Authorities say the foster parents left him in a closet and went out of town.
SPRINGBORO, Ohio (AP) -- The mother of a 3-year-old developmentally disabled child who died in foster care filed a $5 million lawsuit on Tuesday against county officials, the foster parents and the agency that placed the boy.
Donna Trevino, of Middletown, alleges the defendants were negligent in failing to adequately supervise the placement and treatment of her son Marcus Fiesel, said her attorney, Kevin Hughes.
Prosecutors accuse Liz and David Carroll Jr. of wrapping the boy in a blanket and packing tape, putting him in a closet and leaving for a family reunion in Kentucky on Aug. 4. The boy was dead when the Carrolls returned in two days.
Prosecutor say David Carroll, 29, burned the boy's body, possibly dumping some remains in the Ohio River.
Both are being held in Hamilton County jail in Cincinnati on $10.1 million bond each on charges that include involuntary manslaughter. Prosecutors plan to seek murder indictments today in Clermont County, where the Carrolls lived at the time of the boy's death.
Besides the Carrolls, the defendants in the case in Butler County Common Pleas Court are the county commissioners and the county's Children Services department, and Lifeway for Youth Inc., the private agency that placed the child. Amy Baker, a woman who lived with the Carrolls and is credited with helping investigators, also is a defendant.
On Aug. 15, Liz Carroll, 30, took her 2-year-old son, a 1-year-old foster child and another 1-year-old she was baby-sitting to a park in Hamilton County. She told deputy sheriffs that Marcus Fiesel had been with her and apparently wandered away when she fainted because of a heart condition.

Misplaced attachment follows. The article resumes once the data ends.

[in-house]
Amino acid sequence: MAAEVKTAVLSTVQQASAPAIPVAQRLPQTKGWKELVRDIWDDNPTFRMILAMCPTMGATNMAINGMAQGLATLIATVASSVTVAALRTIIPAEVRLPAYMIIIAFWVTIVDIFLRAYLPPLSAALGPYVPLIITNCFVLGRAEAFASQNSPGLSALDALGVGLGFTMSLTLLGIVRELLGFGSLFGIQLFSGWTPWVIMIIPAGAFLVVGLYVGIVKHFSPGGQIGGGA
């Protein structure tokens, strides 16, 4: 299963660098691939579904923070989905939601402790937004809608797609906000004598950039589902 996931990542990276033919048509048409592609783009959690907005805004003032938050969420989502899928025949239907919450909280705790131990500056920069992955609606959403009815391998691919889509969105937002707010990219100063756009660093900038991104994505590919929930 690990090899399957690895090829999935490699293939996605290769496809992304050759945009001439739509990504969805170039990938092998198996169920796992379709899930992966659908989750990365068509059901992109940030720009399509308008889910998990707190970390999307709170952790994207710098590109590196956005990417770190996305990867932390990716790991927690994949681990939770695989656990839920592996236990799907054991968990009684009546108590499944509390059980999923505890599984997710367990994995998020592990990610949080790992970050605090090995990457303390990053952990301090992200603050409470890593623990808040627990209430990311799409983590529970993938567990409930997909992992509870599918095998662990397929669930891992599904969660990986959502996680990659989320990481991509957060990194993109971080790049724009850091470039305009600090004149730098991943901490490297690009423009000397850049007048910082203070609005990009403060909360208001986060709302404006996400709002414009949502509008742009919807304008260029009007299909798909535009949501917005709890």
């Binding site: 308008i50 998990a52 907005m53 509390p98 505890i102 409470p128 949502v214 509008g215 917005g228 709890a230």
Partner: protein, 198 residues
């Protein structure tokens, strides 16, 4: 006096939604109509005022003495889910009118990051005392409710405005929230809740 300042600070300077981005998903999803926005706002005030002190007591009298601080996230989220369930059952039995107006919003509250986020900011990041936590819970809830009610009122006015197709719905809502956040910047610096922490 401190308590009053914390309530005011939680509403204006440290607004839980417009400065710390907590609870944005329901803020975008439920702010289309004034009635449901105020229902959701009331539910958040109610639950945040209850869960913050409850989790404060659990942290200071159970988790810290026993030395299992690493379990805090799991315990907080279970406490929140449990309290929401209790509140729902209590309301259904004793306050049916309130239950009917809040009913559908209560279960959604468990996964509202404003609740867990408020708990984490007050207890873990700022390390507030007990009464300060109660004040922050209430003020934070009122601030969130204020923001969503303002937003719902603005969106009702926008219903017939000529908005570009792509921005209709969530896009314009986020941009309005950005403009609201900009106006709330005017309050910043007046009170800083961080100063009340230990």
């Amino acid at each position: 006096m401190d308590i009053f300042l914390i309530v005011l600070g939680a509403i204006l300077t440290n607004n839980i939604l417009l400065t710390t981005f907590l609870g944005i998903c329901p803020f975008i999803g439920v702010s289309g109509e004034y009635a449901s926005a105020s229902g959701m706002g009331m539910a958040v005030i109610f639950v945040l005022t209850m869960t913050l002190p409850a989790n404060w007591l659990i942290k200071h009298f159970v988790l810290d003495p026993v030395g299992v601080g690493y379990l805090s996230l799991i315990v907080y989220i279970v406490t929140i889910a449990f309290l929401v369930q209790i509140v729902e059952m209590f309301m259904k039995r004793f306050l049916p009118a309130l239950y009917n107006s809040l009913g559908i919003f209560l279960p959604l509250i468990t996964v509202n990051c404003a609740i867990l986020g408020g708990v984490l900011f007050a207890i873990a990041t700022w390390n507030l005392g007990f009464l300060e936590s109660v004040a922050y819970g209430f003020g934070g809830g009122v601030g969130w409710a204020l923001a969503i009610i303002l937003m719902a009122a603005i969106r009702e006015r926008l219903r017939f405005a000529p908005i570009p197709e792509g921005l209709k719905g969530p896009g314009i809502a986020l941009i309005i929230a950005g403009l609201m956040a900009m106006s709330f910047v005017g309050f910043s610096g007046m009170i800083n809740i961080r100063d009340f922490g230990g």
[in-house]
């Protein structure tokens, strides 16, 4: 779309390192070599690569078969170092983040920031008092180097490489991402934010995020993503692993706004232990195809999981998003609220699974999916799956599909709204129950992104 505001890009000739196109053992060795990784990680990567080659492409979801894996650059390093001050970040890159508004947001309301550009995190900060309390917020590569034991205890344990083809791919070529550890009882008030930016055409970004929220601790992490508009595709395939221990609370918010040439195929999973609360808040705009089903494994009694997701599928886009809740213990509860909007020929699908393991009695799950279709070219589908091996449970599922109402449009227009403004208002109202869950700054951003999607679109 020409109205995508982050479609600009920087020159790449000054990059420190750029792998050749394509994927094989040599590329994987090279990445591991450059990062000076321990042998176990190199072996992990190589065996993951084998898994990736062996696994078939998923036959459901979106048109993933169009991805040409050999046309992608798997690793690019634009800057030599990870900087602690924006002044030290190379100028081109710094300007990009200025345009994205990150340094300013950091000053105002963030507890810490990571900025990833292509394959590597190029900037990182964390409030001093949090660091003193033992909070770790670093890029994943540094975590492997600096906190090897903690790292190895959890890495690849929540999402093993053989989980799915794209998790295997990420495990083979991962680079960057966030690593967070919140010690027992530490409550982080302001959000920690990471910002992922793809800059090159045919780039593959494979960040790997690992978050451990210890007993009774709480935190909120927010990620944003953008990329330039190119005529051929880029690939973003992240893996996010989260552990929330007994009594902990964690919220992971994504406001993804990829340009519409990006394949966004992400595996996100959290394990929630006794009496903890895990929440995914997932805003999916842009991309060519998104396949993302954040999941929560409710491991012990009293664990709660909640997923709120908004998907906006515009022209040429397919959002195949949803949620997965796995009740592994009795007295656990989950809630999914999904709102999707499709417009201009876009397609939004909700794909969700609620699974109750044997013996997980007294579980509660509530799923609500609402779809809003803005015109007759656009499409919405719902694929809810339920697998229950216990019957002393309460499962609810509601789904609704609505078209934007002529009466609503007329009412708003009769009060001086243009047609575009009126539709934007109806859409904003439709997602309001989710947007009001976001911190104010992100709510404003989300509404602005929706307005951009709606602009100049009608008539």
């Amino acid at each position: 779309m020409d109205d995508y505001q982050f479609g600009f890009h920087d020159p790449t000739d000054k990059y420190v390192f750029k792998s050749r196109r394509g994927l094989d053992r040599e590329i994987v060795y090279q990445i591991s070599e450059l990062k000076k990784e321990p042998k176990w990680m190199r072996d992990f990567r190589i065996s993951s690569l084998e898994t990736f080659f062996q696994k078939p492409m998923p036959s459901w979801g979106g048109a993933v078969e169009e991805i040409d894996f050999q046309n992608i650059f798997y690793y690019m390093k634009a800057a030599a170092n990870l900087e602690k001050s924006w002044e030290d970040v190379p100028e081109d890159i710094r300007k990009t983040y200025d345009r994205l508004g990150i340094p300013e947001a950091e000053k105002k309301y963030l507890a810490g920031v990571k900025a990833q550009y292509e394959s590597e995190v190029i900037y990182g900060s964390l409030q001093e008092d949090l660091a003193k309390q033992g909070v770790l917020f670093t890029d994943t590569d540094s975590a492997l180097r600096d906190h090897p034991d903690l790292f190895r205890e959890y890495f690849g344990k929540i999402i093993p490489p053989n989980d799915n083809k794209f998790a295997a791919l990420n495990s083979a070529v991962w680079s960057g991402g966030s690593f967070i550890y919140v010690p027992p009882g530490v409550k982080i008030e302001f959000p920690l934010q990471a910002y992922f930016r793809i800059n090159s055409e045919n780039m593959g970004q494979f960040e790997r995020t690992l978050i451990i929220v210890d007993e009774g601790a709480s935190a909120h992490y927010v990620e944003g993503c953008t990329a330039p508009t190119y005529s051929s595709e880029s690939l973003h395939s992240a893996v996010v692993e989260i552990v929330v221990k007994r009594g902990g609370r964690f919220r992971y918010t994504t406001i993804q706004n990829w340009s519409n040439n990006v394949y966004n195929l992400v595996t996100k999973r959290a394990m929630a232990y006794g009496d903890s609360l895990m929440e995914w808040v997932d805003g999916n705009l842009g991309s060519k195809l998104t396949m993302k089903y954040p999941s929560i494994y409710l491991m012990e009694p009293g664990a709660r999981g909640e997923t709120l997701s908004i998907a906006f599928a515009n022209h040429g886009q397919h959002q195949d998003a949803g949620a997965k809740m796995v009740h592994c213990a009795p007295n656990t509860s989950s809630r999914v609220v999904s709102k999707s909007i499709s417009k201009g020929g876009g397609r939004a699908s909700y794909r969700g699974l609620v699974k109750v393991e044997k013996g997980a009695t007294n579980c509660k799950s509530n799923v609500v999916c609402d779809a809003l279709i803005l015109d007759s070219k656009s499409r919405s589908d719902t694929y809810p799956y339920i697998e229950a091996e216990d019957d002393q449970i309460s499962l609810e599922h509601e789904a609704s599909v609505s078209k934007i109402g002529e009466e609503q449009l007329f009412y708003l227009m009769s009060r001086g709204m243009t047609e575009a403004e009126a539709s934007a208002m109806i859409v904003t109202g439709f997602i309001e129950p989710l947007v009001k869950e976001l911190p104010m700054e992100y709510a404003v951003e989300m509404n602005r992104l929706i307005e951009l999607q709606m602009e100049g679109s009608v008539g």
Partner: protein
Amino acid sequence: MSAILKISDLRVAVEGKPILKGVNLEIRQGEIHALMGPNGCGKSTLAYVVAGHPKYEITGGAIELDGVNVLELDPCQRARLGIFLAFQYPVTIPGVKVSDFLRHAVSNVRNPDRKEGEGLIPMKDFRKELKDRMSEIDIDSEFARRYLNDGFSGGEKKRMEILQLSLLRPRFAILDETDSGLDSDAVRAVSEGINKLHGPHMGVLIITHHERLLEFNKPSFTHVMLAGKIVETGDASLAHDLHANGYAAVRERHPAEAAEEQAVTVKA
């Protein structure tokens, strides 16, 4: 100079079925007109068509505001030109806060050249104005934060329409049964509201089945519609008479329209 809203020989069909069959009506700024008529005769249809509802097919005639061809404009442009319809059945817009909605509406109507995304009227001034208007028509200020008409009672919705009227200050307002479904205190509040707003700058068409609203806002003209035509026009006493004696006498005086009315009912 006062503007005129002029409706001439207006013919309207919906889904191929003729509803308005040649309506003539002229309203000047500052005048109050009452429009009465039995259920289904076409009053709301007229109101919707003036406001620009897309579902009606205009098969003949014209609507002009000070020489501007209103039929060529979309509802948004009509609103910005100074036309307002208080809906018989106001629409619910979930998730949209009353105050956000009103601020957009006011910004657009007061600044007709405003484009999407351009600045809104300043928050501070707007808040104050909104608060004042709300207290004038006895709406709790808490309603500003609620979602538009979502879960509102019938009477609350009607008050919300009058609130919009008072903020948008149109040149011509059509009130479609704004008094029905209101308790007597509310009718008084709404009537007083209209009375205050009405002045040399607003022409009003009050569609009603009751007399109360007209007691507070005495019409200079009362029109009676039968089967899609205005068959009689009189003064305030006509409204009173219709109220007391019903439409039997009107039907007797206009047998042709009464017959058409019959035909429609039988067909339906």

Hundreds of searchers helped authorities look for the boy for four days.
"The Carrolls did this for the money; that's why they were watching Marcus," Hamilton County Prosecutor Joe Deters said Friday. "I'm just sick that people keep using Marcus for a check."
Removed from mother
Children Services removed Marcus Fiesel and two other children from Trevino's home in April. Middletown police had responded to the home at least twice, including once in January when the boy fell from a roof after he climbed through a second-floor window.
"If she would have paid attention half as much to Marcus as she's doing now, we wouldn't be in this situation today," Deters said Friday. "She should mourn her child, but to angle this for money, I think, is outrageous."
Dawn Grady, a Children Services spokeswoman, said Tuesday that officials had not seen the lawsuit and had no comment.
"We're looking for accountability for the persons involved in the death of Marcus," Hughes said. "It's unfortunate that Donna Trevino has been evilized for bringing the claim, but she is, unfortunately, the only one with the ability to bring the claim. She has lost the life and affection of her son."
The Ohio Department of Job and Family Services has asked all 88 county Children Services boards to check on children placed in foster homes through Lifeway for Youth.
Michael Berner, executive director of Lifeway for Youth, has said the Carrolls lied and misled his organization about their employment and living arrangements.